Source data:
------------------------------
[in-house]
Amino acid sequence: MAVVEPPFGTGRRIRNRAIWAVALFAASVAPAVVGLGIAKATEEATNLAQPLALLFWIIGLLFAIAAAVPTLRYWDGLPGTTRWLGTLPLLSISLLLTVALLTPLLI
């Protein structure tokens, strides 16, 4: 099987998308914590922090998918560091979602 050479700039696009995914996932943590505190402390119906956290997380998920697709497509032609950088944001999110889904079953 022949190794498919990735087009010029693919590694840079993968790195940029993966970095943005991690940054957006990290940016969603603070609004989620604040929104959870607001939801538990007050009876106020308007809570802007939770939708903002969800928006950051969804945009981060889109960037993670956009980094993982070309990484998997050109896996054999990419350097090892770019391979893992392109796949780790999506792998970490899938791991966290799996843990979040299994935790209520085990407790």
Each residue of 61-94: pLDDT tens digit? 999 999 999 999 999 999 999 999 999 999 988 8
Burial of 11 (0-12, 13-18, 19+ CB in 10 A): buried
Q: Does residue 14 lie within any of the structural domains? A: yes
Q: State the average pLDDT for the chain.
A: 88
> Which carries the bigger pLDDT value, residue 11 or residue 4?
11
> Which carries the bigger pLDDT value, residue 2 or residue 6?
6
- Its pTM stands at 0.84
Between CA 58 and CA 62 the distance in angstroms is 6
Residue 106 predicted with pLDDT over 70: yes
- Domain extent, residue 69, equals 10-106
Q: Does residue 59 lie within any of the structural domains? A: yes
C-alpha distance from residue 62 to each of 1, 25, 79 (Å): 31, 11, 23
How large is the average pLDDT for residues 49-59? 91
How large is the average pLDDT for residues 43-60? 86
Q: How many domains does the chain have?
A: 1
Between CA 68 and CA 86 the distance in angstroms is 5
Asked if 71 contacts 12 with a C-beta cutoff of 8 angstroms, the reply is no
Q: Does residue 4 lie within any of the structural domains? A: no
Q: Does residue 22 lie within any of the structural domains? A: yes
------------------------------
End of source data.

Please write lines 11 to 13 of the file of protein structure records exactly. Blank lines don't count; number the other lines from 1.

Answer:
> Which carries the bigger pLDDT value, residue 2 or residue 6?
6
- Its pTM stands at 0.84